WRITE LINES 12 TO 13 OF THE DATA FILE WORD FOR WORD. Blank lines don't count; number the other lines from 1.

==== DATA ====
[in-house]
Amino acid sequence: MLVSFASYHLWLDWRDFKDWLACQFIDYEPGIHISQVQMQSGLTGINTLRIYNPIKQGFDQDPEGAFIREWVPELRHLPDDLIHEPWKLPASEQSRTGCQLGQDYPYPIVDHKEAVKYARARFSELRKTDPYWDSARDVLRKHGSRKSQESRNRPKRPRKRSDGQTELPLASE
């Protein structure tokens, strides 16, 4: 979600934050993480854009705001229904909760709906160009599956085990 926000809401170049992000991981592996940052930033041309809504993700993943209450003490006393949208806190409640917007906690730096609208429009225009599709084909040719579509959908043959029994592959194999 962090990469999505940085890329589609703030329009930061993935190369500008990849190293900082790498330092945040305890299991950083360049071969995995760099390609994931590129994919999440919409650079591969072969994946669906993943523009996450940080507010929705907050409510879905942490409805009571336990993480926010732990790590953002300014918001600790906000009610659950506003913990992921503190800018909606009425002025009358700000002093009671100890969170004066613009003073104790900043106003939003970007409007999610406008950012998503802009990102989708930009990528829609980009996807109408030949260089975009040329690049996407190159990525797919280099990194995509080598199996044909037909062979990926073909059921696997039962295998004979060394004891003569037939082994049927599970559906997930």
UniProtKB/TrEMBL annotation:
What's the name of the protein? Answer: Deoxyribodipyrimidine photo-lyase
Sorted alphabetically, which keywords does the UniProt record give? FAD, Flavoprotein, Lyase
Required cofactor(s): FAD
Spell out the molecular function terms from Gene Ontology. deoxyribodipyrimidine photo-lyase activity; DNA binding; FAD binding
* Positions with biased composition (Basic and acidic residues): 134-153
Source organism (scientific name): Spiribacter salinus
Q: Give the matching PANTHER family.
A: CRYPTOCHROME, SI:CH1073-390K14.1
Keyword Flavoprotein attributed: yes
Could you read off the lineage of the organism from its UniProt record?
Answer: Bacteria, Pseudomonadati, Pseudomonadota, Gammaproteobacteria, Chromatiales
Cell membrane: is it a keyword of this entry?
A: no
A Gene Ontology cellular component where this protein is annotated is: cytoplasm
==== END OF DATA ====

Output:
A: CRYPTOCHROME, SI:CH1073-390K14.1
Keyword Flavoprotein attributed: yes